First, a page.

Stallion Spotlight

C-Quito1

Real Estate Spotlight

01
  • Welcome to the Chronicle Forums.
    Please complete your profile. The forums and the rest of www.chronofhorse.com has single sign-in, so your log in information for one will automatically work for the other. Disclaimer: The opinions expressed here are the views of the individual and do not necessarily reflect the views and opinions of The Chronicle of the Horse.

Announcement

Collapse

Forum rules and no-advertising policy

As a participant on this forum, it is your responsibility to know and follow our rules. Please read this message in its entirety.

Board Rules

1. You�re responsible for what you say.
As outlined in Section 230 of the Communications Decency Act, The Chronicle of the Horse and its affiliates, as well Jelsoft Enterprises Ltd., the developers of vBulletin, are not legally responsible for statements made in the Forums.

This is a public forum viewed by a wide spectrum of people, so please be mindful of what you say and who might be reading it�details of personal disputes may be better handled privately. While posters are legally responsible for their statements, the moderators may in their discretion remove or edit posts, though are not legally obligated to do so, regardless of content.

Users have the ability to modify or delete their own messages after posting. Moderators generally will not delete posts, threads or accounts unless they have been alerted and have determined that a post, thread or user has violated the Forums� policies. Moderators do not regularly independently monitor the Forums for such violations.

Profanity, outright vulgarity, blatant personal insults or otherwise inappropriate statements will not be tolerated and will be dealt with at the discretion of the moderators.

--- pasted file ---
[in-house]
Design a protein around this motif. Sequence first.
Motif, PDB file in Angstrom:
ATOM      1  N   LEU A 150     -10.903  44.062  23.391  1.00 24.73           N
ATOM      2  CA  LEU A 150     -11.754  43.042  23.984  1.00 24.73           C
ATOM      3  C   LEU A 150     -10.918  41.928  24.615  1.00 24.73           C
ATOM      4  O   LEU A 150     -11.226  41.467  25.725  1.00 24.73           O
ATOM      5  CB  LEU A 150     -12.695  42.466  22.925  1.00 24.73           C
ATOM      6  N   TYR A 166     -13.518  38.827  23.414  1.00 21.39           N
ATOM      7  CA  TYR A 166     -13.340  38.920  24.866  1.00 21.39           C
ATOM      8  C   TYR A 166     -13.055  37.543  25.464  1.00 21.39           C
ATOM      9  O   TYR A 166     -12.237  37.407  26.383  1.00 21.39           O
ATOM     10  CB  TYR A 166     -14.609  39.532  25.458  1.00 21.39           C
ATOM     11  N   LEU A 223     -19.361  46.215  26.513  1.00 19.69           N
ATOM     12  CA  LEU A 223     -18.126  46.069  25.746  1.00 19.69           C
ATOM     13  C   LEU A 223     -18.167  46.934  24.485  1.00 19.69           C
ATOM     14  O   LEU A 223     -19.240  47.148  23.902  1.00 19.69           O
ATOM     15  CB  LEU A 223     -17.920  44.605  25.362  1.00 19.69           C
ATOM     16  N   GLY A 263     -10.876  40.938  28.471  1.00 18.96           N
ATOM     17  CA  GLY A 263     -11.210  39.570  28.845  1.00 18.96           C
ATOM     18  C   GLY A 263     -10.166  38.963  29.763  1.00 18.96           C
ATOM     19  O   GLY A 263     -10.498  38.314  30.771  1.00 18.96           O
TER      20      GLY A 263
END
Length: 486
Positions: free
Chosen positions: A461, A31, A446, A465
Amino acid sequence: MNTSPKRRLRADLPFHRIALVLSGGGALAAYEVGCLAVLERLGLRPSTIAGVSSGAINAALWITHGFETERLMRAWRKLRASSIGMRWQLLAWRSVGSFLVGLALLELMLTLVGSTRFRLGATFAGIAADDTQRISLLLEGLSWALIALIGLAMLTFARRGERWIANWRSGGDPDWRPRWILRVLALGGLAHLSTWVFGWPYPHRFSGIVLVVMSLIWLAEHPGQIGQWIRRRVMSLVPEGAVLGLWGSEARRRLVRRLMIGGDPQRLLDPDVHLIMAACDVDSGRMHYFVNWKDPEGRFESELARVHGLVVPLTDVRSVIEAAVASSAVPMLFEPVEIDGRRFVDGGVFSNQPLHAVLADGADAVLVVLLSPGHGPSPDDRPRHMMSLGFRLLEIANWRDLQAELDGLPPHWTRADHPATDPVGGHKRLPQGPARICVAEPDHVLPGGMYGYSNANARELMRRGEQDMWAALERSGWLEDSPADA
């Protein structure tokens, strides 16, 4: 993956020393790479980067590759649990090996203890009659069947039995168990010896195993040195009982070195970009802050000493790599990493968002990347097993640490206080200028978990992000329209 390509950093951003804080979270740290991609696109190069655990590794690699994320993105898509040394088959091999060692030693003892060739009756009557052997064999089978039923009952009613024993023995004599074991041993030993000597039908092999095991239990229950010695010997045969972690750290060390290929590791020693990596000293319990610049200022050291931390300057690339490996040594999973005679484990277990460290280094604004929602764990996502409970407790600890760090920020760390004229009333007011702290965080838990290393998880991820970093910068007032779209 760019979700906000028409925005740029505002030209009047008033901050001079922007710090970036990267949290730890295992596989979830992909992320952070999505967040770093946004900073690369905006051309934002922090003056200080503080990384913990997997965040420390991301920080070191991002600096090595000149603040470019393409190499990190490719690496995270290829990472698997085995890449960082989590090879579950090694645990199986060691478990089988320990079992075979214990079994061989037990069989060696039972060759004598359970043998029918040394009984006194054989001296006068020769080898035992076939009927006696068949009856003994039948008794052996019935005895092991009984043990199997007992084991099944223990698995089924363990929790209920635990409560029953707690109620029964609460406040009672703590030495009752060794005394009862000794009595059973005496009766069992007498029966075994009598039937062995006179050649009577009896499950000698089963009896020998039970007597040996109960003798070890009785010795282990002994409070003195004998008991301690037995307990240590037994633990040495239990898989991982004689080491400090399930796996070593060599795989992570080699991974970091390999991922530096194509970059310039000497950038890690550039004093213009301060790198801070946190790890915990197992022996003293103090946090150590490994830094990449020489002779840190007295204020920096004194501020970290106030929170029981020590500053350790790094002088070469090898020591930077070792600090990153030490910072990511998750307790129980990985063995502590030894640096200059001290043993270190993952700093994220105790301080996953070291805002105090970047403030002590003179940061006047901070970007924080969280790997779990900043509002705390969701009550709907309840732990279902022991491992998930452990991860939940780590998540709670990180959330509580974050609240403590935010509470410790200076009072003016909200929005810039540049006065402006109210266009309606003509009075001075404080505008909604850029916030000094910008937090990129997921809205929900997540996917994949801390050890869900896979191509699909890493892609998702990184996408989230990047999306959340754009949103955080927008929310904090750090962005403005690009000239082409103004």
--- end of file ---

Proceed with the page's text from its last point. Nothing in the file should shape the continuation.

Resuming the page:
Users may provide their positive or negative experiences with or opinions of companies, products, individuals, etc.; however, accounts involving allegations of criminal behavior against named individuals or companies MUST be first-hand accounts and may NOT be made anonymously.

If a situation has been reported upon by a reputable news source or addressed by law enforcement or the legal system it is open for discussion, but if an individual wants to make their own claims of criminal behavior against a named party in the course of that discussion, they too must identify themselves by first and last name and the account must be first-person.

Criminal allegations that do not satisfy these requirements, when brought to our attention, may be removed pending satisfaction of these criteria, and we reserve the right to err on the side of caution when making these determinations.

Credible threats of suicide will be reported to the police along with identifying user information at our disposal, in addition to referring the user to suicide helpline resources such as 1-800-SUICIDE or 1-800-273-TALK.

2. Conversations in horse-related forums should be horse-related.
The forums are a wonderful source of information and support for members of the horse community. While it�s understandably tempting to share information or search for input on other topics upon which members might have a similar level of knowledge, members must maintain the focus on horses.

3. Keep conversations productive, on topic and civil.
Discussion and disagreement are inevitable and encouraged; personal insults, diatribes and sniping comments are unproductive and unacceptable. Whether a subject is light-hearted or serious, keep posts focused on the current topic and of general interest to other participants of that thread. Utilize the private message feature or personal email where appropriate to address side topics or personal issues not related to the topic at large.

4. No advertising in the discussion forums.
Posts in the discussion forums directly or indirectly advertising horses, jobs, items or services for sale or wanted will be removed at the discretion of the moderators. Use of the private messaging feature or email addresses obtained through users� profiles for unsolicited advertising is not permitted.

Company representatives may participate in discussions and answer questions about their products or services, or suggest their products on recent threads if they fulfill the criteria of a query. False "testimonials" provided by company affiliates posing as general consumers are not appropriate, and self-promotion of sales, ad campaigns, etc. through the discussion forums is not allowed.